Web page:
A sonnet on what we talk about when we talk about running
19th September 2015, the day I ran my first 5k Parkrun in Bushy Park. Six months before my 40th Heart swelling, legs pounding, me asking, “Are we there yet?” to anyone and everyone. Two and a half years later, I’m running the London Marathon for the Samaritans.
New acronym. PB. It means Personal Best. It means every second counts. It means I had no idea I’d care so much about shaving off three minutes to reach 1:59 in my second half-marathon. M takes a picture of me on the final sprint. Now I know what my face will look like the day I die.
New jokes. M’s favourite: “If you find yourself surrounded by Kenyans you’ve gone off too fast.”
Murakami’s book, What I Talk About When I Talk About Running says: “To keep on running you have to clear your mind and keep up the rhythm.” It’s the same with writing. When I’m running, I plot scenes, invent characters, write poetry. The trick is remembering it all.
Kevin, my son’s school coach looks like a gazelle when he runs. I ask him for help. He tells me to run up a hill in Richmond Park six times. When I can see again and talk again and know for sure I won’t be sick, we talk about him. He was Mo Farah’s pacer. Kevin makes me think I can do anything. He sends me Whatsapp messages that look like this: 21/1 – 16m 28/1 – 16m 4/2 – 18m 11/2 – 15m 18/2 – 18m 25/2 – 16m 03/03 – 20 m 10/03 – 16m 17/3 – 22 m 24/3 – 20 m 01/04 – 16m 08/04 – 14m 15/04 – 8m 22/04 – Race. I stick it on the wall.
My neighbour stops me in the playground. “Did you go for two runs on Saturday?” “No, just the one. 14 miles.” “It takes that long?” she asks. “It takes that long.” I sigh.
Dad writes on my Justgiving fundraising page. “Good luck Elen, we remember you coming last in the junior school sports. What an improvement!!!! You’ll do it. All love Mum&Dad xx”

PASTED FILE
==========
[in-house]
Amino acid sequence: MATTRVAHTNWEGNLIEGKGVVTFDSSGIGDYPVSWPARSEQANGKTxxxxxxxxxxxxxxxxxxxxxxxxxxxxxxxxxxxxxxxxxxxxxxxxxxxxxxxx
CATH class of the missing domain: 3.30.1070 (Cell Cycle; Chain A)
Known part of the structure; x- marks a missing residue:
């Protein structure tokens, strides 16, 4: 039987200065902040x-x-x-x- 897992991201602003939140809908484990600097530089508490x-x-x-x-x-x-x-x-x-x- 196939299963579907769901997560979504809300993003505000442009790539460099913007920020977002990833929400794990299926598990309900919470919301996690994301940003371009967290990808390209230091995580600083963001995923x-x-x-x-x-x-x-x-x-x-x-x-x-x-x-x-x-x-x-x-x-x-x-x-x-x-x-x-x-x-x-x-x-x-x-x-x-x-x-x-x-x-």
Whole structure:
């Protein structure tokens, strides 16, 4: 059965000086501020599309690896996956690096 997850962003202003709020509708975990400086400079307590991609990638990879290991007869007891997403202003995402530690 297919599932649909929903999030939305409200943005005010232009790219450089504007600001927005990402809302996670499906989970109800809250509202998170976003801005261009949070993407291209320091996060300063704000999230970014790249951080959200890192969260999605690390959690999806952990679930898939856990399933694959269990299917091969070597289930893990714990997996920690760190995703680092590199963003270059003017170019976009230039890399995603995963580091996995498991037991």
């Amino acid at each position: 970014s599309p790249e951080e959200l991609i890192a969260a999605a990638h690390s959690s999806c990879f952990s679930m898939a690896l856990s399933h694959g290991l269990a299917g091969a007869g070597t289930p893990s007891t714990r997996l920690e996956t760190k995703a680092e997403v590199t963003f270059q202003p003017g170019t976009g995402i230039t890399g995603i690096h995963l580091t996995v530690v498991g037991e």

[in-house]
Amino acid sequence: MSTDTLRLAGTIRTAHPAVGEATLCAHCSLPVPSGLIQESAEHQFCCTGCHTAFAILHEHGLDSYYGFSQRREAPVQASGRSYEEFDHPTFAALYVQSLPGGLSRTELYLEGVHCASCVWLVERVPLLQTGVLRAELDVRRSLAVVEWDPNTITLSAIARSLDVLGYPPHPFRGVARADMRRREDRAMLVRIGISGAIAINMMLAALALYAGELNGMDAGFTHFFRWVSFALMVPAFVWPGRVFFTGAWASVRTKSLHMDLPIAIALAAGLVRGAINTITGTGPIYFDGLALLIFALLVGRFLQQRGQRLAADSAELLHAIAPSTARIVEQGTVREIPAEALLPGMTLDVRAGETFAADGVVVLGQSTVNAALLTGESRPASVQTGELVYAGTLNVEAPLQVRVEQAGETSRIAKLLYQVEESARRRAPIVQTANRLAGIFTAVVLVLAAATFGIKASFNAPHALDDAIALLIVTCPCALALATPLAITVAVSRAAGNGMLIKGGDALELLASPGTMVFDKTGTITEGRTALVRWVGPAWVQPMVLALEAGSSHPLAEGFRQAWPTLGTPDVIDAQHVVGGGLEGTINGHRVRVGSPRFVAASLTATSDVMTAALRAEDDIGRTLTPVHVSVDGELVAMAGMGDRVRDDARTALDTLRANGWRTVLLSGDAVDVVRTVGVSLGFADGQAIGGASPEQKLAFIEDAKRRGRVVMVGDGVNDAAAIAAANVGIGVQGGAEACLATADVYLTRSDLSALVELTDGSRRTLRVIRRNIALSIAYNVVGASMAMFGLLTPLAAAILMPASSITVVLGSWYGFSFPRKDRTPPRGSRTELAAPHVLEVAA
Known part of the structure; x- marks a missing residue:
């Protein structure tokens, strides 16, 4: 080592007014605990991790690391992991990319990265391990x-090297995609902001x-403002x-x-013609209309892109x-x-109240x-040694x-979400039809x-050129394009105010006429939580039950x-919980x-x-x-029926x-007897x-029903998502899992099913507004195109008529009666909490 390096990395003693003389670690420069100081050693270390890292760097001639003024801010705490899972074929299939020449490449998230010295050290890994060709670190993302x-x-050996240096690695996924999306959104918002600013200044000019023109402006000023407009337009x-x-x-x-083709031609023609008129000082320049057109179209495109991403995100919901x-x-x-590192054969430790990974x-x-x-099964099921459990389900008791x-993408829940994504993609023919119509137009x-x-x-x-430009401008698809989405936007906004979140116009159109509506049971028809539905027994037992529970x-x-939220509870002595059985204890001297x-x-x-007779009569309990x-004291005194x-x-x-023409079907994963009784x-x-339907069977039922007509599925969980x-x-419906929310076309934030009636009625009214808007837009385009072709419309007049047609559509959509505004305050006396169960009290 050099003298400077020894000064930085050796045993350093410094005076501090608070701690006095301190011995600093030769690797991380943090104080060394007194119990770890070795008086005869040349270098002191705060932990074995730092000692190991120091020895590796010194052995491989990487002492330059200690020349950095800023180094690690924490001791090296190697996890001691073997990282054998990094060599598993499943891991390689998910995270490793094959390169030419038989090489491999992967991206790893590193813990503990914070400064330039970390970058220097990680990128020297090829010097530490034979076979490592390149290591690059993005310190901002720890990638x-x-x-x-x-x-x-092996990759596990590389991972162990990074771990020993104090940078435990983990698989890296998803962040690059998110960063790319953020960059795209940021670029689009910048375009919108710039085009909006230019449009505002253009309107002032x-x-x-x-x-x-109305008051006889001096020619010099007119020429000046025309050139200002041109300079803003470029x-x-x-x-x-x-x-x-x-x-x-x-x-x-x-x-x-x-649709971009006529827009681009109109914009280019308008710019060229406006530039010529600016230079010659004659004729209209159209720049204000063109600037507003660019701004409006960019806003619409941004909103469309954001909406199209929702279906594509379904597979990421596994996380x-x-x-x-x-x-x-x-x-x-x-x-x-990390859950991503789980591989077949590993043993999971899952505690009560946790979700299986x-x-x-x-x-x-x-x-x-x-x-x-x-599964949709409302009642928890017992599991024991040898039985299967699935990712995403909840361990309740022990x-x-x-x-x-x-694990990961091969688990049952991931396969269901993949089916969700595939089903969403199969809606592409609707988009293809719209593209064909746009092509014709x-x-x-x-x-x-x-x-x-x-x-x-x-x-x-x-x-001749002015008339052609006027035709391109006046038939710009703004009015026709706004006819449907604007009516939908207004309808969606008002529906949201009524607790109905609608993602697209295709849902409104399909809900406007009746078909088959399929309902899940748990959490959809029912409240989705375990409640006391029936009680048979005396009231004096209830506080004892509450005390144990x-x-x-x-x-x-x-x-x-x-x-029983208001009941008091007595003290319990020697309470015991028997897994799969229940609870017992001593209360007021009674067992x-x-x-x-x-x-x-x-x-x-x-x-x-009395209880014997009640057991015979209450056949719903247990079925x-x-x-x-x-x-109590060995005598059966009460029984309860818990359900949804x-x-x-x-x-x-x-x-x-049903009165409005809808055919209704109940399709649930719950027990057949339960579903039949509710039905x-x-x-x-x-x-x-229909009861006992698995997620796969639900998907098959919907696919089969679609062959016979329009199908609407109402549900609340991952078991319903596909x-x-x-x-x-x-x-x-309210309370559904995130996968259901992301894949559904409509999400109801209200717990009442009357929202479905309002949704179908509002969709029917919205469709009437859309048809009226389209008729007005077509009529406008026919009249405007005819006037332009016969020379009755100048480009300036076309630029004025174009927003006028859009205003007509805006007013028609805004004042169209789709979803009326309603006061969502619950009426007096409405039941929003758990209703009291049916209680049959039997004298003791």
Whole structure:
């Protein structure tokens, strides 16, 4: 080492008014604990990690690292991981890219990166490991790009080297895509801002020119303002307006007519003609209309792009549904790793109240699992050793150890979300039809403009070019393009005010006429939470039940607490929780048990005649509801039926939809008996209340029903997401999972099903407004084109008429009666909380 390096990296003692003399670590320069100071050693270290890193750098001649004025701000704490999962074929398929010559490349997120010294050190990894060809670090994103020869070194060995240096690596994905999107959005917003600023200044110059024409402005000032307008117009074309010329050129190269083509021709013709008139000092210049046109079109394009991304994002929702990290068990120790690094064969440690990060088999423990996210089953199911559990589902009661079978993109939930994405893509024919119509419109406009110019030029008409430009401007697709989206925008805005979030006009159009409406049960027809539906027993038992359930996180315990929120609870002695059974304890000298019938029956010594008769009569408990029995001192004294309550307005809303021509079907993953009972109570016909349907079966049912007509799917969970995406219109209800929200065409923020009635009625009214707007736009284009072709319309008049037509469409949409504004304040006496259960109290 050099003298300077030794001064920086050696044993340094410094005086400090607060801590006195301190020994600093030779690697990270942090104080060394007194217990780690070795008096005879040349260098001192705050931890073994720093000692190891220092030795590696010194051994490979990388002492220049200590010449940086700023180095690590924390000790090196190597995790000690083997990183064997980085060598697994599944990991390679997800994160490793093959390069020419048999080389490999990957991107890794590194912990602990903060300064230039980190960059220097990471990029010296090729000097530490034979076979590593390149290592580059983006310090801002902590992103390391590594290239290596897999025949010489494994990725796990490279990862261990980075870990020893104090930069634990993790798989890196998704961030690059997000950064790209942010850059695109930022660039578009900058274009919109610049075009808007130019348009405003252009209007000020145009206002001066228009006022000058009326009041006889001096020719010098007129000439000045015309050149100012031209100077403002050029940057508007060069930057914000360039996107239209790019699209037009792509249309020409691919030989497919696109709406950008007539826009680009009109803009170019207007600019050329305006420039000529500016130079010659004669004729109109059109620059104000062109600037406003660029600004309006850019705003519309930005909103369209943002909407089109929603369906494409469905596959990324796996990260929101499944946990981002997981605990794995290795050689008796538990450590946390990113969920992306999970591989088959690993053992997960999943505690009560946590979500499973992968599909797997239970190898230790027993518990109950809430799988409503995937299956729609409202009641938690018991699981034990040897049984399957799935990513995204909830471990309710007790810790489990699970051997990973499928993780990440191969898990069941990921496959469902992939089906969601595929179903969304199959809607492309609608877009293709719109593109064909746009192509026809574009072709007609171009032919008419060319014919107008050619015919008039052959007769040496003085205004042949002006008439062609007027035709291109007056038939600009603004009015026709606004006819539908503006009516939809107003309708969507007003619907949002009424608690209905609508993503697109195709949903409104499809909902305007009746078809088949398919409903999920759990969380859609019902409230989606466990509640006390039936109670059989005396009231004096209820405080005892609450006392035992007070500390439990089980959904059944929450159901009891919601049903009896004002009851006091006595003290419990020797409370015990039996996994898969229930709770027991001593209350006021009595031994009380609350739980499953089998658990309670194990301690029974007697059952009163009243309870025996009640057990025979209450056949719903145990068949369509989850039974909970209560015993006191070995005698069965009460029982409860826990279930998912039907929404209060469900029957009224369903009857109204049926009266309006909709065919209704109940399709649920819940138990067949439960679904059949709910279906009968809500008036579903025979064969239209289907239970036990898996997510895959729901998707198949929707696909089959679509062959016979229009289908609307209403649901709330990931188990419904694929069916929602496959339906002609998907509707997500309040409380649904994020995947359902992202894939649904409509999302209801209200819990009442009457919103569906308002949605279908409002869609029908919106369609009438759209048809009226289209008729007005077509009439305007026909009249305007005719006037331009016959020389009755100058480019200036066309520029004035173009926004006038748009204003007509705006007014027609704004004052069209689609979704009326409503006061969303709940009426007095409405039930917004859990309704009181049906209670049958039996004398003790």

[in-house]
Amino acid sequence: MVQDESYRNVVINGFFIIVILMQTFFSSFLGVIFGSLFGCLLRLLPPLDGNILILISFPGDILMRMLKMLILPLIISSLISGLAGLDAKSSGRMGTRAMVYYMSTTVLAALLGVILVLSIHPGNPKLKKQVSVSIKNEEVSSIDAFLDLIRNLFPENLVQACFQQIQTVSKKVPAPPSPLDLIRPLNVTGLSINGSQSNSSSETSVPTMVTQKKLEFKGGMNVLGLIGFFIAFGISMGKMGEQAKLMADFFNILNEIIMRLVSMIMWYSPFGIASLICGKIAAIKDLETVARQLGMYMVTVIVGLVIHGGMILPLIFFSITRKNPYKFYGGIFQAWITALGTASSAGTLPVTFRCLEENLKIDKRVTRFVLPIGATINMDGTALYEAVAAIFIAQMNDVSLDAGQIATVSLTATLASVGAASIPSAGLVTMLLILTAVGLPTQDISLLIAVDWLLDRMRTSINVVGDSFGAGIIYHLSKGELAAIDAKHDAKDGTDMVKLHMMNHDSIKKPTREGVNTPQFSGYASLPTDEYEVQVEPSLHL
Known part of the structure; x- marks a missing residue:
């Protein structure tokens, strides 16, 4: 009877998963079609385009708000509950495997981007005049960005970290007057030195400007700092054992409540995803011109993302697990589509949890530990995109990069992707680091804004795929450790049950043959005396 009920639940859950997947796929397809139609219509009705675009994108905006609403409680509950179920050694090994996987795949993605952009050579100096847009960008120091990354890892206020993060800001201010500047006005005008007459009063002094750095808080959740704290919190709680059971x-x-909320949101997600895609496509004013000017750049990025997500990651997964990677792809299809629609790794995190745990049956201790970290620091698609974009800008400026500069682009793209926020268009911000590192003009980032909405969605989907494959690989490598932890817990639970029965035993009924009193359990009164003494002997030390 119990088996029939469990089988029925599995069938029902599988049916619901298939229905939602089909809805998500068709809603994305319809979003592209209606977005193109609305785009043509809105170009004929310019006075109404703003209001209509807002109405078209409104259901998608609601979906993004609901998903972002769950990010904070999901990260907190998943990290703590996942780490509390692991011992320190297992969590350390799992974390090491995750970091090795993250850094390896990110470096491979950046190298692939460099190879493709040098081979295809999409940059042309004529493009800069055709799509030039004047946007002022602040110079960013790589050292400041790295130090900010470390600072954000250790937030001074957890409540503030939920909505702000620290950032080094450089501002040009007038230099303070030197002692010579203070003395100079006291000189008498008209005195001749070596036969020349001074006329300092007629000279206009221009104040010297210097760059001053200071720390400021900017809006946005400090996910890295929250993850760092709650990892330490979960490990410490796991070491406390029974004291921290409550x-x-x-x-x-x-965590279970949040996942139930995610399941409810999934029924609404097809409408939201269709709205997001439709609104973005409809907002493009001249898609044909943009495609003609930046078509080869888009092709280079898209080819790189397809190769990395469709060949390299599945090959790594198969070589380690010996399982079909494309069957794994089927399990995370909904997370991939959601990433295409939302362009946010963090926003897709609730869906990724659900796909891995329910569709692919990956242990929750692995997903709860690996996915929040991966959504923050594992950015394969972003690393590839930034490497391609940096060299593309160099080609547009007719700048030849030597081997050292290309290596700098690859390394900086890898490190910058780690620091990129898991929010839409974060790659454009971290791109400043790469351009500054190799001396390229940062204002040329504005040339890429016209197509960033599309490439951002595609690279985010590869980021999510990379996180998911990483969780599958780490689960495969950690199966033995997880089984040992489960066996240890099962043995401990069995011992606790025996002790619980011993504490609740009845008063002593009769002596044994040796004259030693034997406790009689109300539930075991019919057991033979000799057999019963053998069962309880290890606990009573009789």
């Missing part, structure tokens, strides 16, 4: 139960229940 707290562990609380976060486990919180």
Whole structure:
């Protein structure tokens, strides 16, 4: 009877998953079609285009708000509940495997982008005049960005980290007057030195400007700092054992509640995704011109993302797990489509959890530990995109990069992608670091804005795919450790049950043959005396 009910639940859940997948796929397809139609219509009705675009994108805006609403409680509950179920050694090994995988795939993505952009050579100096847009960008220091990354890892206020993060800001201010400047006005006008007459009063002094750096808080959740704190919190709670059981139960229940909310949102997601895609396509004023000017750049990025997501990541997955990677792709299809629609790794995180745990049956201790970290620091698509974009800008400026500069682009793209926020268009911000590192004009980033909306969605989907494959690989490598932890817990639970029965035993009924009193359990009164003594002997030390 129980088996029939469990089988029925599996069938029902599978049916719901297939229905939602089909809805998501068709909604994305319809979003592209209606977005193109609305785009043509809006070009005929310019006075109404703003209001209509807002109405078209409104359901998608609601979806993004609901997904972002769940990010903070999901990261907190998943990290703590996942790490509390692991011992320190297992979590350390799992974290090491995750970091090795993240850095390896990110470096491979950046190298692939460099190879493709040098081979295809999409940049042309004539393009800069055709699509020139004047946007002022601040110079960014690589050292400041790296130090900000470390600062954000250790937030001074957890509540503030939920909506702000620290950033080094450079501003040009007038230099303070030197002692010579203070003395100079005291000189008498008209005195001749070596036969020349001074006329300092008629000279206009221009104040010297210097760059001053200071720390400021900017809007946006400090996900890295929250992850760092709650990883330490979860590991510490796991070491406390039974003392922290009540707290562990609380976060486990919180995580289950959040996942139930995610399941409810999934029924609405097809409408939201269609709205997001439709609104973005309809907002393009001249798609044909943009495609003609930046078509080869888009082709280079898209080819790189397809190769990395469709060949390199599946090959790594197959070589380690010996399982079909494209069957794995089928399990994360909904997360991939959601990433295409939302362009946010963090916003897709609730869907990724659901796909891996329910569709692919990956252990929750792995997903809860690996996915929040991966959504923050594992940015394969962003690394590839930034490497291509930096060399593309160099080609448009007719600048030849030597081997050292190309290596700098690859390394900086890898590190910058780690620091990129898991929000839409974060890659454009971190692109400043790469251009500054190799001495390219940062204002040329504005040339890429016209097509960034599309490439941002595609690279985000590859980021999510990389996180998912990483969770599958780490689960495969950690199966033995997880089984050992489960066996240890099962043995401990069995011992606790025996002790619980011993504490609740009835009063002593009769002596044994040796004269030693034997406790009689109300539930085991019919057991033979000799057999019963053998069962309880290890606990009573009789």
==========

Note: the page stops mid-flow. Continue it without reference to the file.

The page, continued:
Yesterday, I ran 16 miles in the sleet and rain. It’s the longest I’ve ever run. 2:45:42 1,909 calories. I listened to Sigrid’s Don’t Kill My Vibe 13 times. My sister met me on her bike at 12.8 miles and gave me orange squash. I cried but she didn’t know because of the rain.
On April 10th 1997, my friend Sarah Napuk killed herself six weeks before our Oxford finals. They found a sheet of A4 paper with a revision schedule by her body. She’d just won a Kennedy scholarship to study at Harvard.
It was Thursday afternoon. The Easter holidays, so college was empty. I was unlocking my bike on the way to the Bodleian library to revise. I could stay there till 10pm. Sarah and I lived next door to each other in the second year. She was bright and brilliant.
The college flag flew at half-mast. There were flowers in the road. Police and journalists swarming. I called friends before they saw the news. A tutor summoned me. She wondered if I felt under pressure. If we all did. I wish she’d asked earlier. Wish someone had asked Sarah earlier.
The Samaritans says there are are four questions you can ask somebody in trouble. Do you need any help? What’s your name? It’s a warm evening, isn’t it? What train are you going to get?
When I’m running I think about Sarah. I think about everyone I know who struggles. I think about being at the end of your tether. I remember that when I got divorced and the kids were tiny I thought I might dissolve. But the longer I run, the more I think of nothing at all. The curve in the sky, the clouds shaped like swans, the way the sun splinters on the surface of the river.
I keep running for as long as it takes to reach 26.2 miles. I’m running for Sarah, I’m running for me, I’m running for everyone who’s ever felt they can’t keep putting one foot in front of the other.